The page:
Implementation Phase

During the Implementation Phase, the automated system/application or other IT solution is moved from development status to production status. The process of implementation is dependent on the characteristics of the project and the IT solution, and thus may be synonymous with installation, deployment, rollout, or go-live. If necessary, data conversion, phased implementation, and training for using, operating, and maintaining the system are accomplished during the Implementation Phase. From a system security perspective, the final system must be certified and accredited for use in the production environment during the Implementation Phase. The Implementation Phase ends with a formal decision to release the final IT solution into the Operations and Maintenance Phase.

Project Manager: The Project Manager is responsible and accountable for the successful execution of the Implementation Phase. The Project Manager is responsible for leading the Integrated Project Team that accomplishes the Implementation Phase activities and deliverables.

Integrated Project Team: The Integrated Project Team members (regardless of the organization of permanent assignment) are responsible for accomplishing assigned tasks as directed by the Project Manager.

Critical Partners: The Critical Partners provide oversight, advice and counsel to the Project Manager on the conduct and requirements of the Implementation Phase. Additionally, they provide information, judgments, and recommendations to the Business Owner and IT governance organization during investment reviews and in support of Investment Baselines.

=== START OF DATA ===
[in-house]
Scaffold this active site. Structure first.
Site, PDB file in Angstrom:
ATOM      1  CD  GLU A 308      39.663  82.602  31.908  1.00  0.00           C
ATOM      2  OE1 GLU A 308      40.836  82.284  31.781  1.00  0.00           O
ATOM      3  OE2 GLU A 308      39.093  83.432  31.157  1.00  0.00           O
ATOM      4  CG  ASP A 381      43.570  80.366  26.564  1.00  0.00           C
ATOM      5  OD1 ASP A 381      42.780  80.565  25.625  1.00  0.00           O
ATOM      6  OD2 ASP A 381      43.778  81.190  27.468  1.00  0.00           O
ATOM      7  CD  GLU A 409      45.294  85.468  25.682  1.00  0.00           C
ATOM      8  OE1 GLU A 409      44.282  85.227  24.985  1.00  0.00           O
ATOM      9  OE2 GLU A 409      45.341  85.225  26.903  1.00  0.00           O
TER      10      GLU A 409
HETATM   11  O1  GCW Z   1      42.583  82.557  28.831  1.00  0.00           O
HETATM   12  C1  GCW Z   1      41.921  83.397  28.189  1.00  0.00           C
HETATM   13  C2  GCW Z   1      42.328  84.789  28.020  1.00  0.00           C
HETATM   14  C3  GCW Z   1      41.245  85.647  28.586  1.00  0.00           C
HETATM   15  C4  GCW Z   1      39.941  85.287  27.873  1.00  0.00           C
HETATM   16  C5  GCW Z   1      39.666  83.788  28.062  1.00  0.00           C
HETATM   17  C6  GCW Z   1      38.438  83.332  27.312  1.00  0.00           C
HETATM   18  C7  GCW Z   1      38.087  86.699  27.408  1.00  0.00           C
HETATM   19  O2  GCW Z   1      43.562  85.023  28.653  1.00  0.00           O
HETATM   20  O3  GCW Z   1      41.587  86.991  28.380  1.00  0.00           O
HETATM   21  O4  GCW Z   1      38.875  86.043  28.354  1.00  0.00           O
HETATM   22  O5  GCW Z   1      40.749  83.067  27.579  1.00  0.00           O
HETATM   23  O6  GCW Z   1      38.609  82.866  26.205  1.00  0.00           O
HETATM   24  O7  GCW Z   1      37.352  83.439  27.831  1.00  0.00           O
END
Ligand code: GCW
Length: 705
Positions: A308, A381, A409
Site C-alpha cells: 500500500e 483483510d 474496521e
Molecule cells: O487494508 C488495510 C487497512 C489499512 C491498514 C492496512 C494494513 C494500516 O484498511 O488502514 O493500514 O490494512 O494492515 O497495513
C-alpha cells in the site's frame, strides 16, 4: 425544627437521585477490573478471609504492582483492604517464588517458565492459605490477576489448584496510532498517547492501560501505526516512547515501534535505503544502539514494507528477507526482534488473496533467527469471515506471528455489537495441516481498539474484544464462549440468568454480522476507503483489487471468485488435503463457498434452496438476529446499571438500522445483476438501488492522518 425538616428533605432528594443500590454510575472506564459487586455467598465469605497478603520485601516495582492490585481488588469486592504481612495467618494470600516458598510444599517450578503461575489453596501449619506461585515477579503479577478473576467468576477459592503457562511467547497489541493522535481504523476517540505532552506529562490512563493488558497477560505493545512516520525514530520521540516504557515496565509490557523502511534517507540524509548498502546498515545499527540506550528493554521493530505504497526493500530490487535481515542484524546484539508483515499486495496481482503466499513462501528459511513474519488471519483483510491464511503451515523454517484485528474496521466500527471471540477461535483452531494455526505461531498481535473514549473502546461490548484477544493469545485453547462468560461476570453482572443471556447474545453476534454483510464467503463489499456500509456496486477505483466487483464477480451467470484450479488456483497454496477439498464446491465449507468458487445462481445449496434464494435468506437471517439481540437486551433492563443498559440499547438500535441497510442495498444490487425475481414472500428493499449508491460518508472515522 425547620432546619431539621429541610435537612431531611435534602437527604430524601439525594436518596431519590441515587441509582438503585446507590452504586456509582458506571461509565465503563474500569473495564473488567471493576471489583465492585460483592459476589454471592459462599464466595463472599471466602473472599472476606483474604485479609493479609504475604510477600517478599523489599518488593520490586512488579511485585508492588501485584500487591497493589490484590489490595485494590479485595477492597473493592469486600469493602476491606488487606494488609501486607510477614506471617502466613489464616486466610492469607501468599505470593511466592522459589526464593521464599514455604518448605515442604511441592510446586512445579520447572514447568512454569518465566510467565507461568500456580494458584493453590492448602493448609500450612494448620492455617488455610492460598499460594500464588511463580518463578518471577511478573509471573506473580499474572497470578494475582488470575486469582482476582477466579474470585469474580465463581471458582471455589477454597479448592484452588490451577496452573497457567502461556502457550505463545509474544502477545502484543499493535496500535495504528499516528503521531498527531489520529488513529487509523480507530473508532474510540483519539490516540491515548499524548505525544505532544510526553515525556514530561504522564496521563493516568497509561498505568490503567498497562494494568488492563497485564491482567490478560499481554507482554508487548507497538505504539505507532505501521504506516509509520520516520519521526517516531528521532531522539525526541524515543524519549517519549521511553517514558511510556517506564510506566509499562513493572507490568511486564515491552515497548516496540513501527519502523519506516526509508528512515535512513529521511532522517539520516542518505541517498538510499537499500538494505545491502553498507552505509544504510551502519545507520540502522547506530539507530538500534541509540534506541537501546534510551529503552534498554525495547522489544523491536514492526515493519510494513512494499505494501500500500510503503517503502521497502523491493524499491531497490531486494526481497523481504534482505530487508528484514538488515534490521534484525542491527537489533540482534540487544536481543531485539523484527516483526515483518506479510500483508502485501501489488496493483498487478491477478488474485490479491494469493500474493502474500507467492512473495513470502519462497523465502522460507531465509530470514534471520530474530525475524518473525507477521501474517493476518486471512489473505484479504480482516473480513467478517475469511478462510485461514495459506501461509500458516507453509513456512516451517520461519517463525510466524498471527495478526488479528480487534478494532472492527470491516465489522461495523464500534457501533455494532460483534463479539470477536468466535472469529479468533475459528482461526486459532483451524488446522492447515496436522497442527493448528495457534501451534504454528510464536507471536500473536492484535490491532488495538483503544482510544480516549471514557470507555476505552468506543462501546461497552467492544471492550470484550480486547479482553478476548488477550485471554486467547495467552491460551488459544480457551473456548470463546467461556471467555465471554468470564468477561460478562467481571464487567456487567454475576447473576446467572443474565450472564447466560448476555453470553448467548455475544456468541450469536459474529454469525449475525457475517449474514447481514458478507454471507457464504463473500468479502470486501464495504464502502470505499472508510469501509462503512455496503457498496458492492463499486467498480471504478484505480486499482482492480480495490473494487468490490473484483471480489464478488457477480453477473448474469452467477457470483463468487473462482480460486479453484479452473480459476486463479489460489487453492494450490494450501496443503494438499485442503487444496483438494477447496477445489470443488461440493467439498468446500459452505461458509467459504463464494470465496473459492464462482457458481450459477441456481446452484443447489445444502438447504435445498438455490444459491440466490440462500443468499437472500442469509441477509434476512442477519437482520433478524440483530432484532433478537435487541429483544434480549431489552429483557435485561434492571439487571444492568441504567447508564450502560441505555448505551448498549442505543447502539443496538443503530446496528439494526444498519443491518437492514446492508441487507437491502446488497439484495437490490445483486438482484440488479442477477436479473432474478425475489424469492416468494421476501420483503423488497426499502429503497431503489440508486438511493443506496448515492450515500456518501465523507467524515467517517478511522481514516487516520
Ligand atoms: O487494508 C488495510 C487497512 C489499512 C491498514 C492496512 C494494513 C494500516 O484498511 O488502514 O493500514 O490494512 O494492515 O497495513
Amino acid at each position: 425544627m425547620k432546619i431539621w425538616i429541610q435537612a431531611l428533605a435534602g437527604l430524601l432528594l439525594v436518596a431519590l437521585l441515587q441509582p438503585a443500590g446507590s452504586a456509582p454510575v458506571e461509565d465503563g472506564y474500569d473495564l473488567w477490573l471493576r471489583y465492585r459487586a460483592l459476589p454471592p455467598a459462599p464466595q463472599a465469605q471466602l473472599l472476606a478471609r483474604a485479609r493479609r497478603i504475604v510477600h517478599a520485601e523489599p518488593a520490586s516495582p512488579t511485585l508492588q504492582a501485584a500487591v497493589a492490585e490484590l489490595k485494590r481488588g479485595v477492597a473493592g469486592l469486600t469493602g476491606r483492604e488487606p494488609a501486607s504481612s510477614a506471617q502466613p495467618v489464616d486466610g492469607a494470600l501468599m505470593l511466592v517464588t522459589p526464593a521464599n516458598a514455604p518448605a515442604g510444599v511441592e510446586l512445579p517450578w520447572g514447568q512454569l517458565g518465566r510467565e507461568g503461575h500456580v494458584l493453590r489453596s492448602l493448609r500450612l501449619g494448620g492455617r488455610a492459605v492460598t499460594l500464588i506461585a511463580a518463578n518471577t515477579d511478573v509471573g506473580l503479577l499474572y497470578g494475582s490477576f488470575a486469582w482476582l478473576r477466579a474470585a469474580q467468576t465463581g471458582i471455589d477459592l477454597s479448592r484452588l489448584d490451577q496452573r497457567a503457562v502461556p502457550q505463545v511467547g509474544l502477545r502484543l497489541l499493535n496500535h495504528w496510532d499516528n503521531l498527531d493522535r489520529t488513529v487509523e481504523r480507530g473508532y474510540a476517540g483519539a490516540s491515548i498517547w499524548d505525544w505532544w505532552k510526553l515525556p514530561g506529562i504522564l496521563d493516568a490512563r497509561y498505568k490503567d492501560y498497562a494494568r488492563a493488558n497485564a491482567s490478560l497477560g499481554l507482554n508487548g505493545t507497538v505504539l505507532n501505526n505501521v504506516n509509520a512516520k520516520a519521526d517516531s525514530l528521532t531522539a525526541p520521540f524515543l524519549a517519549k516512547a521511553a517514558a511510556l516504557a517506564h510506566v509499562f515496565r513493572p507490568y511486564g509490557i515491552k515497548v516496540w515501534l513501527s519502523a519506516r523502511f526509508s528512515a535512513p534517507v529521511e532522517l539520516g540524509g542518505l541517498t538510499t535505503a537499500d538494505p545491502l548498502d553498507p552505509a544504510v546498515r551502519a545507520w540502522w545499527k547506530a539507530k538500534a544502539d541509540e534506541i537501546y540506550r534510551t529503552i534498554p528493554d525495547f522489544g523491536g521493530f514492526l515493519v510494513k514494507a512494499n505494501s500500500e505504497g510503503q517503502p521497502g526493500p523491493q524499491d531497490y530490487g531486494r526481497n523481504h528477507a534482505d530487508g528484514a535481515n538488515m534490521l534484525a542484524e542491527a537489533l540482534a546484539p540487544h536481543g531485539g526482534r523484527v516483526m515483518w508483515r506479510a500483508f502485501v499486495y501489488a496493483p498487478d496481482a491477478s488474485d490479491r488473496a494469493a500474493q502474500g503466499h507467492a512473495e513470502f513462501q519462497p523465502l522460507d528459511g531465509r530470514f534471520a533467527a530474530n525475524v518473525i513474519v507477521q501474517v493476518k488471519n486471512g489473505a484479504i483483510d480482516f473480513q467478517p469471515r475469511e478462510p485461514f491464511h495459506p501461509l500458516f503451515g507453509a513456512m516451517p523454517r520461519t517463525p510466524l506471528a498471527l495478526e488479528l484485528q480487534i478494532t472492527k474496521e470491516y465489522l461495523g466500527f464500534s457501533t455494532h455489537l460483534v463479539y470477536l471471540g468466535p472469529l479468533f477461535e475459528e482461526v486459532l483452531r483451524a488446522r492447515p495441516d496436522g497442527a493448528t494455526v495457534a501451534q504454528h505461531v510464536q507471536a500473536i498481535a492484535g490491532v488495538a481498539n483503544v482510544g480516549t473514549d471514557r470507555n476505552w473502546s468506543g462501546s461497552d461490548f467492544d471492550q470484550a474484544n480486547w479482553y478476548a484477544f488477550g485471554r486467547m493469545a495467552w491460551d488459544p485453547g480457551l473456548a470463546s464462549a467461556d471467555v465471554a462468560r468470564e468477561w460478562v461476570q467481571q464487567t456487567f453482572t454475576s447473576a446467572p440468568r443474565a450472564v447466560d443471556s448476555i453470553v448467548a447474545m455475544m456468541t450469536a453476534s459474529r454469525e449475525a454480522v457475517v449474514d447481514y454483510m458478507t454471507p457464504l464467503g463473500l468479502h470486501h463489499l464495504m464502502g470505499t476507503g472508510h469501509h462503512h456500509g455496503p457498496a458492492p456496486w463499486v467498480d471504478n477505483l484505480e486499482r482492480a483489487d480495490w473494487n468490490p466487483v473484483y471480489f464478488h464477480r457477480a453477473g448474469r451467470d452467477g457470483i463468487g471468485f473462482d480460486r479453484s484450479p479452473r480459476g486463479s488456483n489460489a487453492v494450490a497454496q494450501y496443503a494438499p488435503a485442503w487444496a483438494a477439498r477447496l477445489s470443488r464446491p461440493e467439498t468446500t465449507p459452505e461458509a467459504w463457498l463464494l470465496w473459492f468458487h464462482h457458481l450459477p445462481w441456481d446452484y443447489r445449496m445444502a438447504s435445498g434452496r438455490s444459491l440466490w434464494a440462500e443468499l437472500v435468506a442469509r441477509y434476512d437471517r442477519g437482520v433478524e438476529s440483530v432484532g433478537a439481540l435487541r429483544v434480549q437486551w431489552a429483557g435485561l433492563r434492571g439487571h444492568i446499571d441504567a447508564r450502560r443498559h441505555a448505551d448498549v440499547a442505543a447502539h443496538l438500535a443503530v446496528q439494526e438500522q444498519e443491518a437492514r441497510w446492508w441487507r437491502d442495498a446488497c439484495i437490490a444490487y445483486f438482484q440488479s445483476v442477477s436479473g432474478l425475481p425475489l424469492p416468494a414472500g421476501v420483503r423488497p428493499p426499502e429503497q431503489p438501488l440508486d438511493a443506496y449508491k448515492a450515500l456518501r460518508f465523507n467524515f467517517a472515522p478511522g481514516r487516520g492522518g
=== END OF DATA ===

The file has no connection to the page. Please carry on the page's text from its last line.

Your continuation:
IT Governance Organization: The IT governance organization conducts the Operational Readiness Review.

The following activities are performed as part of the Implementation Phase.

All affected users and organizations affected are notified of the implementation. Additionally, it is good policy to make internal organizations not directly affected by the implementation aware of the schedule so that allowances can be made for a disruption in the normal activities of that section. The notification should include:

Typically, implementation includes converting existing data for use in the new system. The tasks for this effort are two-fold: data input and data verification. When replacing a manual system, hard copy data is entered into the automated system. Some sort of verification that the data is being entered correctly should be conducted throughout this process. This is also the case in data transfer, where data fields in the old system may have been entered inconsistently and therefore affect the integrity of the new database. Verification of the old data becomes imperative to a useful computer system.